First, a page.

Well, I was gone up again. I forgot I was the old man’s servant. But next minute I whirled in on a kind of an explanation how a valley was different from a common servant and HAD to go to church whether he wanted to or not, and set with the family, on account of its being the law. But I didn’t do it pretty good, and when I got done I see she warn’t satisfied. She says: Well, I was up a creek again. I forgot I was the old man’s servant. But in a minute, I came up with the explanation that a valet was different from an ordinary servant and HAD to go to church and sit with the family whether he wanted to or not. It was the law. But I didn’t explain it very well, and when I finished I could see that she wasn’t satisfied. She said:
“Honest injun, now, hain’t you been telling me a lot of lies?” “Honestly now—have you been telling me a lot of lies?”
“Honest injun,” says I. “Honestly, I haven’t.”
“None of it at all?” “None at all?”
“None of it at all. Not a lie in it,” says I. “None at all. There wasn’t a lie in anything of it,” I said.
“Lay your hand on this book and say it.” “Put your hand on this book and swear.”
I see it warn’t nothing but a dictionary, so I laid my hand on it and said it. So then she looked a little better satisfied, and says: I saw that it wasn’t anything but a dictionary, so I put my hand on it and swore that I was telling the truth. She look a little more satisfied and said:
“Well, then, I’ll believe some of it; but I hope to gracious if I’ll believe the rest.” “Well then, I believe some of it. But I really don’t believe all of it.”
“What is it you won’t believe, Joe?” says Mary Jane, stepping in with Susan behind her. “It ain’t right nor kind for you to talk so to him, and him a stranger and so far from his people. How would you like to be treated so?” “What don’t you believe, Jo?” asked Mary Jane as she stepped in with Susan behind her. “It isn’t right or kind of you to talk like that to him, especially since he’s a stranger and so far from his people. How would you like to be treated that way?”
“That’s always your way, Maim—always sailing in to help somebody before they’re hurt. I hain’t done nothing to him. He’s told some stretchers, I reckon, and I said I wouldn’t swallow it all; and that’s every bit and grain I DID say. I reckon he can stand a little thing like that, can’t he?” “You always do that, Maim—always sailing in to help someone before they’re hurt. I haven’t done anything to him. He’s been exaggerating, I think, and I said I wouldn’t believe all of what he said. And that’s all I said. I figure he can tolerate a little thing like that, can’t he?”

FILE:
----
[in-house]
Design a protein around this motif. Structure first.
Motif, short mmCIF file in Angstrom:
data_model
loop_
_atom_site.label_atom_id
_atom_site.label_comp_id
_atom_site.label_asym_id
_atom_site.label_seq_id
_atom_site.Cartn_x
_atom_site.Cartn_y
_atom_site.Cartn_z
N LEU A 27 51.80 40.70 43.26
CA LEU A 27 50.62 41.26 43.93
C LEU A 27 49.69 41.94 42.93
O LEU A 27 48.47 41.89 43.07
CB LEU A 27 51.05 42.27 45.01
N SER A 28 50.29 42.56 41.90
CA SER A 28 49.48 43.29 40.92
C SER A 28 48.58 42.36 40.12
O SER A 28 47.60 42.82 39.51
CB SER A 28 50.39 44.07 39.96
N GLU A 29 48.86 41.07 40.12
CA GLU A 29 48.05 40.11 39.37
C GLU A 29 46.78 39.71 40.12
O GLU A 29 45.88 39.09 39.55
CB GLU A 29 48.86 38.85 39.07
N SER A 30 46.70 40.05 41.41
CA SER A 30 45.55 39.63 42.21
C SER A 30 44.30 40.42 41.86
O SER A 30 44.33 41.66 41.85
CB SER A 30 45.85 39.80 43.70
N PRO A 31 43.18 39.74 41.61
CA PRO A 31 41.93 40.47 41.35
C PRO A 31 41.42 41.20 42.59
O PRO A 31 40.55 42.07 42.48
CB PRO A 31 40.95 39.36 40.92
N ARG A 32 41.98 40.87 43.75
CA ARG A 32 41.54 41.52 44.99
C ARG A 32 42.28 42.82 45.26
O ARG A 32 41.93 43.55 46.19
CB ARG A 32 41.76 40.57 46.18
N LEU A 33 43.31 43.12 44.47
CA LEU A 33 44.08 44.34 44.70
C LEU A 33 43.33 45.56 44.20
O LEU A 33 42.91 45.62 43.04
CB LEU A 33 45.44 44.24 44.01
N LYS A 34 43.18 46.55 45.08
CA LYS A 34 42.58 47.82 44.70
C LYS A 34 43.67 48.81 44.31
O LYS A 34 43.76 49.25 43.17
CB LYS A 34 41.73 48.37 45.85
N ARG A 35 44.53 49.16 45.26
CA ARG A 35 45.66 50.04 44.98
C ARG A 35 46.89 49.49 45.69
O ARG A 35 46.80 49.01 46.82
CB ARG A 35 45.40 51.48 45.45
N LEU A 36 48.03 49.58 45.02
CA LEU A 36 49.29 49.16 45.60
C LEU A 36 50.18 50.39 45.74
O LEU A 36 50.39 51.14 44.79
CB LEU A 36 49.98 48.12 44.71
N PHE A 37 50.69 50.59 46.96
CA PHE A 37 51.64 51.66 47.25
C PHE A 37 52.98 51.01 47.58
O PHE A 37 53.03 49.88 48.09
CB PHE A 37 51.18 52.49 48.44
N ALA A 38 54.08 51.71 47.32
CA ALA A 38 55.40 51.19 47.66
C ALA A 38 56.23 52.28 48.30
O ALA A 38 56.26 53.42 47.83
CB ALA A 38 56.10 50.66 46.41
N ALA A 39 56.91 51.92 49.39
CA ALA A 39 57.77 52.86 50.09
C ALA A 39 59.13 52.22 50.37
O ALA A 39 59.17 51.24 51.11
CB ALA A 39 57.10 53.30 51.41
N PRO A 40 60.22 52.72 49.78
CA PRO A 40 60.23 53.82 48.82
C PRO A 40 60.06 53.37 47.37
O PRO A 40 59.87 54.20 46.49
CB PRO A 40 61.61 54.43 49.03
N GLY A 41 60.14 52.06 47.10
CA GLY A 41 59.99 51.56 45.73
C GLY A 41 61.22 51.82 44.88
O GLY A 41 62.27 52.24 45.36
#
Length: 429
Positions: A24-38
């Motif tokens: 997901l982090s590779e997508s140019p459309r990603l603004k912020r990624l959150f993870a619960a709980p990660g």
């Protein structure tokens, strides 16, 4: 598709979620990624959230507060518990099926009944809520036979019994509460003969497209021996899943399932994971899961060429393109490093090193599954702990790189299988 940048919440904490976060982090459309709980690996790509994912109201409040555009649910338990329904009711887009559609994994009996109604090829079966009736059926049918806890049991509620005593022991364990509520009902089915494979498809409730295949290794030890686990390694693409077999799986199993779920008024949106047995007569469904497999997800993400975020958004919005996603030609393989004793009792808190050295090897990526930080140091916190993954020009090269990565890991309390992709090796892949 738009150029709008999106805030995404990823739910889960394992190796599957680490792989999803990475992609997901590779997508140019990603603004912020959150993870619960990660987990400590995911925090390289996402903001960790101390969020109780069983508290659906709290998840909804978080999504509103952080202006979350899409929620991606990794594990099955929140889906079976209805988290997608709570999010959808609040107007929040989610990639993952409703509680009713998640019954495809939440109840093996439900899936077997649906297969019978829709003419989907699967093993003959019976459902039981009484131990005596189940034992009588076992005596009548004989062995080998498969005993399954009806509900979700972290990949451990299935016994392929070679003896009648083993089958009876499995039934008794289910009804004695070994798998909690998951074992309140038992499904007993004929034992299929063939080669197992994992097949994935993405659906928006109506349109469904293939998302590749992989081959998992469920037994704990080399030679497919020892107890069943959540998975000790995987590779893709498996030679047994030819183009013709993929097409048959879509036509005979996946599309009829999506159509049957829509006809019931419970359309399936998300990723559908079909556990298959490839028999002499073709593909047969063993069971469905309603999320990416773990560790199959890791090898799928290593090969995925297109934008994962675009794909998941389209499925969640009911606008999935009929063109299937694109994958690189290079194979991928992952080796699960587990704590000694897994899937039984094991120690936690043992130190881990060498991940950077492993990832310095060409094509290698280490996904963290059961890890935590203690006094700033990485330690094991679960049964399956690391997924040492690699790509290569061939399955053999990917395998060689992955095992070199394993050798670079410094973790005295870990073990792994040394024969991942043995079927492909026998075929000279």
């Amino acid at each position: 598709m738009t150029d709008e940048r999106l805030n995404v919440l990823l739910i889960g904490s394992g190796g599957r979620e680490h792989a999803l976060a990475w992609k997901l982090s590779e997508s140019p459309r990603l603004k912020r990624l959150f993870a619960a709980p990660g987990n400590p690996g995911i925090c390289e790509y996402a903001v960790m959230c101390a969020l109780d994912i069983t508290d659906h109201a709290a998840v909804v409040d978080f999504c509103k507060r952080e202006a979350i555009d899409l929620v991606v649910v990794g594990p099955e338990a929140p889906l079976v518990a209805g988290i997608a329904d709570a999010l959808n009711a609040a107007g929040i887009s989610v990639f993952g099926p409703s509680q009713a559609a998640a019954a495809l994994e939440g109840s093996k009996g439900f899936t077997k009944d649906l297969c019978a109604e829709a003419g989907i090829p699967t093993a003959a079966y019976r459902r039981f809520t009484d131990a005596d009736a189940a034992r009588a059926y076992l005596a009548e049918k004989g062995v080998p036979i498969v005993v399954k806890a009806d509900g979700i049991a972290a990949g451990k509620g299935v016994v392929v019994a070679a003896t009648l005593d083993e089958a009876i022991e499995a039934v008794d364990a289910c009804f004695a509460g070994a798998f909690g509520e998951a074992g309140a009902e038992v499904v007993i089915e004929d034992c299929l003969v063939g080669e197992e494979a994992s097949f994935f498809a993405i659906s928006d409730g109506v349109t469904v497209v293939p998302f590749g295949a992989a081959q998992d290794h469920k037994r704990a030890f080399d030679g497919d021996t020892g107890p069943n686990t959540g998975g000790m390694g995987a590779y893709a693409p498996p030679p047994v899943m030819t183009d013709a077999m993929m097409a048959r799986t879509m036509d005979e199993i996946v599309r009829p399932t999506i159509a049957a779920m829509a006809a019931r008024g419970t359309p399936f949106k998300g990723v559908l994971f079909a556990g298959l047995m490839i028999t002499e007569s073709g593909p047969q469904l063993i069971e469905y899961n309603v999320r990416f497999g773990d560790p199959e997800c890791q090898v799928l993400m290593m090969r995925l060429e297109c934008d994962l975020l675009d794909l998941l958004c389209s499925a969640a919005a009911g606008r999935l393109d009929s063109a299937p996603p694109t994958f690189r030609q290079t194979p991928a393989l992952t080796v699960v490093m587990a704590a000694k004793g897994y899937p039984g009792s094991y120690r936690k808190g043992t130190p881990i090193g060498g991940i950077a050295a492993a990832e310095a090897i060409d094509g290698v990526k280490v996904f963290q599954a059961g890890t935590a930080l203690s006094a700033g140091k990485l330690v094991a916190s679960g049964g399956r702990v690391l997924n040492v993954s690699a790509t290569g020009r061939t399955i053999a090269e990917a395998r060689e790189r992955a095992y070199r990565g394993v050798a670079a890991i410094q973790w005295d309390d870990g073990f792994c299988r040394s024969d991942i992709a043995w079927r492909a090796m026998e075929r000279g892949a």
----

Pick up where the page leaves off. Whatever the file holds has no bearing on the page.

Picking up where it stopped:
“I don’t care whether ’twas little or whether ’twas big; he’s here in our house and a stranger, and it wasn’t good of you to say it. If you was in his place it would make you feel ashamed; and so you oughtn’t to say a thing to another person that will make THEM feel ashamed.” “I don’t care whether it was little or whether it was big—he’s a stranger here in our house, and it wasn’t good of you to say it. If you were in his place it would make you feel ashamed. And so you ought not to say a thing to another person that will make THEM feel ashamed.”
“Why, Maim, he said—” “But, Maim, he said….”
“It don’t make no difference what he SAID—that ain’t the thing. The thing is for you to treat him KIND, and not be saying things to make him remember he ain’t in his own country and amongst his own folks.” “It doesn’t make any different what he SAID—that isn’t the point. The point is for you to treat him KINDLY and to not say things that remind him that he isn’t in his own ountry and among his own people.”
I says to myself, THIS is a girl that I’m letting that old reptle rob her of her money! I thought to myself, THIS is the girl that I’m letting that old reptile rob!